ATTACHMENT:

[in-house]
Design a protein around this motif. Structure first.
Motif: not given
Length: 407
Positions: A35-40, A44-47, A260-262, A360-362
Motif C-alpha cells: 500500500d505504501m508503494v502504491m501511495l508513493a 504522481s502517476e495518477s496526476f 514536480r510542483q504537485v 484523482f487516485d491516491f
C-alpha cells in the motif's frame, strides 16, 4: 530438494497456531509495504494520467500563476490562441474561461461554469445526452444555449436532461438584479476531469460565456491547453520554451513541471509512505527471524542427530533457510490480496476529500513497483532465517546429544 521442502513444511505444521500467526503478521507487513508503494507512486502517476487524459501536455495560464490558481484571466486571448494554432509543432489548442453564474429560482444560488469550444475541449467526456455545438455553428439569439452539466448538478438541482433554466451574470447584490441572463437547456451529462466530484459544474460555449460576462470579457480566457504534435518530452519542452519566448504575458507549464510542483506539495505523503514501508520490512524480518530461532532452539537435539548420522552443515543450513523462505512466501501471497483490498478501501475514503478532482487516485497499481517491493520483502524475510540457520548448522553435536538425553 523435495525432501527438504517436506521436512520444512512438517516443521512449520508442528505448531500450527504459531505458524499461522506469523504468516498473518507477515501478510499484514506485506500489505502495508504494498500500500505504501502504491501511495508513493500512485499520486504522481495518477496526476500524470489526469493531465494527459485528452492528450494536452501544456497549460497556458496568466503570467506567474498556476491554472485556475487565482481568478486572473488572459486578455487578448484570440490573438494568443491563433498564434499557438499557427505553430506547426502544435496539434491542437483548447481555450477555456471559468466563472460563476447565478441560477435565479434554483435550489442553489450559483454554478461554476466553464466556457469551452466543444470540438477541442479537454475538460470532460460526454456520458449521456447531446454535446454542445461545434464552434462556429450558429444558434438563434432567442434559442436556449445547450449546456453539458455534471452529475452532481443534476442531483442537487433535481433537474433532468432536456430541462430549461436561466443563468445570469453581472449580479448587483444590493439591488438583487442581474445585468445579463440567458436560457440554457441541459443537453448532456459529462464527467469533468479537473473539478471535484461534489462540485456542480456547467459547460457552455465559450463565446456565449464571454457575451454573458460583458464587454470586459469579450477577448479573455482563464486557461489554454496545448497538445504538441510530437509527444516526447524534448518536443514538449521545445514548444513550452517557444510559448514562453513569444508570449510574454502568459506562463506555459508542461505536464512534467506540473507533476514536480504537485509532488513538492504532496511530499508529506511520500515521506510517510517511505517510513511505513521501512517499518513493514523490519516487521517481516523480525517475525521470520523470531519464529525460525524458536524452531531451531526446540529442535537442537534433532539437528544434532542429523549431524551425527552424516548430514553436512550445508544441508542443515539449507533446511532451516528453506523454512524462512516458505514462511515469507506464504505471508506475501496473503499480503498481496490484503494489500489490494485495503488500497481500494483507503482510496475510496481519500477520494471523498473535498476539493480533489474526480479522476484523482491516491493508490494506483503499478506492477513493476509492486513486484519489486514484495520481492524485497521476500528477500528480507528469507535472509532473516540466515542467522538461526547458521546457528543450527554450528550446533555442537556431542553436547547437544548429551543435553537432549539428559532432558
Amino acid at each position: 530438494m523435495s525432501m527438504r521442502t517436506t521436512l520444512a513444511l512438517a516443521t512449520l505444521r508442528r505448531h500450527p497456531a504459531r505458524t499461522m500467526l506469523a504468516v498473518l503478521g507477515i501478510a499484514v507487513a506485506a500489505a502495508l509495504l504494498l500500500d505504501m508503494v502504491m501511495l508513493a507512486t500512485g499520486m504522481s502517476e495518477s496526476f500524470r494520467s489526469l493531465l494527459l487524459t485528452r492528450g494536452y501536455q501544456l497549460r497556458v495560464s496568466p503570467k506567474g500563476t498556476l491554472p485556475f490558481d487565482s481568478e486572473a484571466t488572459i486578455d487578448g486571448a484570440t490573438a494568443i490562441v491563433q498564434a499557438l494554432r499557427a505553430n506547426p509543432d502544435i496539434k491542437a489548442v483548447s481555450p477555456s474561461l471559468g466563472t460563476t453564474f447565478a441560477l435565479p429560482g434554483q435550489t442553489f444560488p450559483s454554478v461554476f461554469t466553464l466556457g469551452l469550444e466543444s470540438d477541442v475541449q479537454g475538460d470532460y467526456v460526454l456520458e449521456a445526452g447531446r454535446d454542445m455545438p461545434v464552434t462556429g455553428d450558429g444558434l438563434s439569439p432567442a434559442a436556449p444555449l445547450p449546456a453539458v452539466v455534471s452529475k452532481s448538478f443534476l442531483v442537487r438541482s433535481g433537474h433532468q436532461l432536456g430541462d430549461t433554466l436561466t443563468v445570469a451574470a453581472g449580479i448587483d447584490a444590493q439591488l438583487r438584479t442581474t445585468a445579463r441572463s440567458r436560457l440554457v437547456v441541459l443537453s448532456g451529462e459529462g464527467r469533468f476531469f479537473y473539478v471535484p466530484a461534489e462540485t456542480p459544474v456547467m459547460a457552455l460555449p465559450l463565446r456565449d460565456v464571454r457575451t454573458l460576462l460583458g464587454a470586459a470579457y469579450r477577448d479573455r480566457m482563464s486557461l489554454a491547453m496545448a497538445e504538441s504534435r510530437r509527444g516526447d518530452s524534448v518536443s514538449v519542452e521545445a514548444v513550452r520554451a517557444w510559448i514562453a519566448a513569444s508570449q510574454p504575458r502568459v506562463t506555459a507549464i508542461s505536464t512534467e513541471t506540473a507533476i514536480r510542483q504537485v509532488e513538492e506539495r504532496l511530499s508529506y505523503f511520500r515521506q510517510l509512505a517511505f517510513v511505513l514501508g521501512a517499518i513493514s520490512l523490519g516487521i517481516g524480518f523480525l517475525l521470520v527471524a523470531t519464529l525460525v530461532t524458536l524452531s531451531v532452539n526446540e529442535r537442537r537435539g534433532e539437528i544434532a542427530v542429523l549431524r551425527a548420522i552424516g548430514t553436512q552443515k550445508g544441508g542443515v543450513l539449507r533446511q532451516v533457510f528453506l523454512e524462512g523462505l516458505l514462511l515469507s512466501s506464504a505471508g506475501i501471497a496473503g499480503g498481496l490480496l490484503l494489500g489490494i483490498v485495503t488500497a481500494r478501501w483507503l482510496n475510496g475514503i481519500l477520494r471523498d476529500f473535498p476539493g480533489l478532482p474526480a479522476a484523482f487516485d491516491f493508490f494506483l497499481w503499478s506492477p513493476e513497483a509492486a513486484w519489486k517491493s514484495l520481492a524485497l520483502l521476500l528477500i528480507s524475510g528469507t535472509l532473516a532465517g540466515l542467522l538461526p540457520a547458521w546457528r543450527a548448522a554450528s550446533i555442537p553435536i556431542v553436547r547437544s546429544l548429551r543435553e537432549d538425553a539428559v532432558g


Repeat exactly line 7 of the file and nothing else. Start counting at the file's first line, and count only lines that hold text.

C-alpha cells in the motif's frame, strides 16, 4: 530438494497456531509495504494520467500563476490562441474561461461554469445526452444555449436532461438584479476531469460565456491547453520554451513541471509512505527471524542427530533457510490480496476529500513497483532465517546429544 521442502513444511505444521500467526503478521507487513508503494507512486502517476487524459501536455495560464490558481484571466486571448494554432509543432489548442453564474429560482444560488469550444475541449467526456455545438455553428439569439452539466448538478438541482433554466451574470447584490441572463437547456451529462466530484459544474460555449460576462470579457480566457504534435518530452519542452519566448504575458507549464510542483506539495505523503514501508520490512524480518530461532532452539537435539548420522552443515543450513523462505512466501501471497483490498478501501475514503478532482487516485497499481517491493520483502524475510540457520548448522553435536538425553 523435495525432501527438504517436506521436512520444512512438517516443521512449520508442528505448531500450527504459531505458524499461522506469523504468516498473518507477515501478510499484514506485506500489505502495508504494498500500500505504501502504491501511495508513493500512485499520486504522481495518477496526476500524470489526469493531465494527459485528452492528450494536452501544456497549460497556458496568466503570467506567474498556476491554472485556475487565482481568478486572473488572459486578455487578448484570440490573438494568443491563433498564434499557438499557427505553430506547426502544435496539434491542437483548447481555450477555456471559468466563472460563476447565478441560477435565479434554483435550489442553489450559483454554478461554476466553464466556457469551452466543444470540438477541442479537454475538460470532460460526454456520458449521456447531446454535446454542445461545434464552434462556429450558429444558434438563434432567442434559442436556449445547450449546456453539458455534471452529475452532481443534476442531483442537487433535481433537474433532468432536456430541462430549461436561466443563468445570469453581472449580479448587483444590493439591488438583487442581474445585468445579463440567458436560457440554457441541459443537453448532456459529462464527467469533468479537473473539478471535484461534489462540485456542480456547467459547460457552455465559450463565446456565449464571454457575451454573458460583458464587454470586459469579450477577448479573455482563464486557461489554454496545448497538445504538441510530437509527444516526447524534448518536443514538449521545445514548444513550452517557444510559448514562453513569444508570449510574454502568459506562463506555459508542461505536464512534467506540473507533476514536480504537485509532488513538492504532496511530499508529506511520500515521506510517510517511505517510513511505513521501512517499518513493514523490519516487521517481516523480525517475525521470520523470531519464529525460525524458536524452531531451531526446540529442535537442537534433532539437528544434532542429523549431524551425527552424516548430514553436512550445508544441508542443515539449507533446511532451516528453506523454512524462512516458505514462511515469507506464504505471508506475501496473503499480503498481496490484503494489500489490494485495503488500497481500494483507503482510496475510496481519500477520494471523498473535498476539493480533489474526480479522476484523482491516491493508490494506483503499478506492477513493476509492486513486484519489486514484495520481492524485497521476500528477500528480507528469507535472509532473516540466515542467522538461526547458521546457528543450527554450528550446533555442537556431542553436547547437544548429551543435553537432549539428559532432558